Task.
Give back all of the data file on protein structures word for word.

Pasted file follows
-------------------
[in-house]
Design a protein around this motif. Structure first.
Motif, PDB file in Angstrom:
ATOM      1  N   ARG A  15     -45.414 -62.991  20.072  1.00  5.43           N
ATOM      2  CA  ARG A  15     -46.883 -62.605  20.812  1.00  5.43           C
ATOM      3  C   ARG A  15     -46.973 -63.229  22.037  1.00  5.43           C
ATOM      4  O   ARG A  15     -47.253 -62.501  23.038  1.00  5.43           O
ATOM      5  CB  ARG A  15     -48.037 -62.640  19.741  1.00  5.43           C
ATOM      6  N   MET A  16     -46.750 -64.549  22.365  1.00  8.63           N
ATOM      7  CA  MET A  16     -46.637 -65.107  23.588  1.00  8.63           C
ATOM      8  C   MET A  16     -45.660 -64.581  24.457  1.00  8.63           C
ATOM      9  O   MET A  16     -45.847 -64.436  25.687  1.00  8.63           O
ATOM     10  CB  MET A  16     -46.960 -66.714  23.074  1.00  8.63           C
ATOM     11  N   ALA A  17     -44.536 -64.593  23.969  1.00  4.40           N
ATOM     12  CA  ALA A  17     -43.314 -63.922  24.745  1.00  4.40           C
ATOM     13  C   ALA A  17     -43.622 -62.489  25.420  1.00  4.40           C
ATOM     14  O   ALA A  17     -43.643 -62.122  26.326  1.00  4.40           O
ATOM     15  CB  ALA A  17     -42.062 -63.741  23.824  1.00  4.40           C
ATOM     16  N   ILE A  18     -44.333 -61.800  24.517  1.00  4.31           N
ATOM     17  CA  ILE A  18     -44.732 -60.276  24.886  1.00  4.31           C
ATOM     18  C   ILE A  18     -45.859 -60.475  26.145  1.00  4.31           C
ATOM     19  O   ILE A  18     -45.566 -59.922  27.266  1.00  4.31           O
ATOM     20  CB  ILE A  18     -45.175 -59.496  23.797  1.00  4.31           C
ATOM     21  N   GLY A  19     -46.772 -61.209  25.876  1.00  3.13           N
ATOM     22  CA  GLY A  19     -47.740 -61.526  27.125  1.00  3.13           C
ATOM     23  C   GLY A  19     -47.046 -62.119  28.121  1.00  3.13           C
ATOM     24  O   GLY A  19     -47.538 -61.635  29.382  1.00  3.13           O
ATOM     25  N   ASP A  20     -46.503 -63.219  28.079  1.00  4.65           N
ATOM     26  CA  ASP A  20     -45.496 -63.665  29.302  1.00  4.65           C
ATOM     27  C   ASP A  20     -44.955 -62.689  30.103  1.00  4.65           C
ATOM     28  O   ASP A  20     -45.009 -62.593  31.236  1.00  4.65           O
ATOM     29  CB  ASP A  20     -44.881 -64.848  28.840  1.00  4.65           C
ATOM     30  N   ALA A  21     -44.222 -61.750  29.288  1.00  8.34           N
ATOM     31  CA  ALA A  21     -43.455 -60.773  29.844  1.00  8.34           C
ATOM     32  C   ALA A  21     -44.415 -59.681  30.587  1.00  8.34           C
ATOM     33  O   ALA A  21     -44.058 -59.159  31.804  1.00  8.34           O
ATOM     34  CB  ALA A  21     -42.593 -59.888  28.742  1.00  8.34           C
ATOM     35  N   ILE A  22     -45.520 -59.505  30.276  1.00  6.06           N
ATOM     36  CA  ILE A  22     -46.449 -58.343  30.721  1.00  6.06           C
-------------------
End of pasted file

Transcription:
[in-house]
Design a protein around this motif. Structure first.
Motif, PDB file in Angstrom:
ATOM      1  N   ARG A  15     -45.414 -62.991  20.072  1.00  5.43           N
ATOM      2  CA  ARG A  15     -46.883 -62.605  20.812  1.00  5.43           C
ATOM      3  C   ARG A  15     -46.973 -63.229  22.037  1.00  5.43           C
ATOM      4  O   ARG A  15     -47.253 -62.501  23.038  1.00  5.43           O
ATOM      5  CB  ARG A  15     -48.037 -62.640  19.741  1.00  5.43           C
ATOM      6  N   MET A  16     -46.750 -64.549  22.365  1.00  8.63           N
ATOM      7  CA  MET A  16     -46.637 -65.107  23.588  1.00  8.63           C
ATOM      8  C   MET A  16     -45.660 -64.581  24.457  1.00  8.63           C
ATOM      9  O   MET A  16     -45.847 -64.436  25.687  1.00  8.63           O
ATOM     10  CB  MET A  16     -46.960 -66.714  23.074  1.00  8.63           C
ATOM     11  N   ALA A  17     -44.536 -64.593  23.969  1.00  4.40           N
ATOM     12  CA  ALA A  17     -43.314 -63.922  24.745  1.00  4.40           C
ATOM     13  C   ALA A  17     -43.622 -62.489  25.420  1.00  4.40           C
ATOM     14  O   ALA A  17     -43.643 -62.122  26.326  1.00  4.40           O
ATOM     15  CB  ALA A  17     -42.062 -63.741  23.824  1.00  4.40           C
ATOM     16  N   ILE A  18     -44.333 -61.800  24.517  1.00  4.31           N
ATOM     17  CA  ILE A  18     -44.732 -60.276  24.886  1.00  4.31           C
ATOM     18  C   ILE A  18     -45.859 -60.475  26.145  1.00  4.31           C
ATOM     19  O   ILE A  18     -45.566 -59.922  27.266  1.00  4.31           O
ATOM     20  CB  ILE A  18     -45.175 -59.496  23.797  1.00  4.31           C
ATOM     21  N   GLY A  19     -46.772 -61.209  25.876  1.00  3.13           N
ATOM     22  CA  GLY A  19     -47.740 -61.526  27.125  1.00  3.13           C
ATOM     23  C   GLY A  19     -47.046 -62.119  28.121  1.00  3.13           C
ATOM     24  O   GLY A  19     -47.538 -61.635  29.382  1.00  3.13           O
ATOM     25  N   ASP A  20     -46.503 -63.219  28.079  1.00  4.65           N
ATOM     26  CA  ASP A  20     -45.496 -63.665  29.302  1.00  4.65           C
ATOM     27  C   ASP A  20     -44.955 -62.689  30.103  1.00  4.65           C
ATOM     28  O   ASP A  20     -45.009 -62.593  31.236  1.00  4.65           O
ATOM     29  CB  ASP A  20     -44.881 -64.848  28.840  1.00  4.65           C
ATOM     30  N   ALA A  21     -44.222 -61.750  29.288  1.00  8.34           N
ATOM     31  CA  ALA A  21     -43.455 -60.773  29.844  1.00  8.34           C
ATOM     32  C   ALA A  21     -44.415 -59.681  30.587  1.00  8.34           C
ATOM     33  O   ALA A  21     -44.058 -59.159  31.804  1.00  8.34           O
ATOM     34  CB  ALA A  21     -42.593 -59.888  28.742  1.00  8.34           C
ATOM     35  N   ILE A  22     -45.520 -59.505  30.276  1.00  6.06           N
ATOM     36  CA  ILE A  22     -46.449 -58.343  30.721  1.00  6.06           C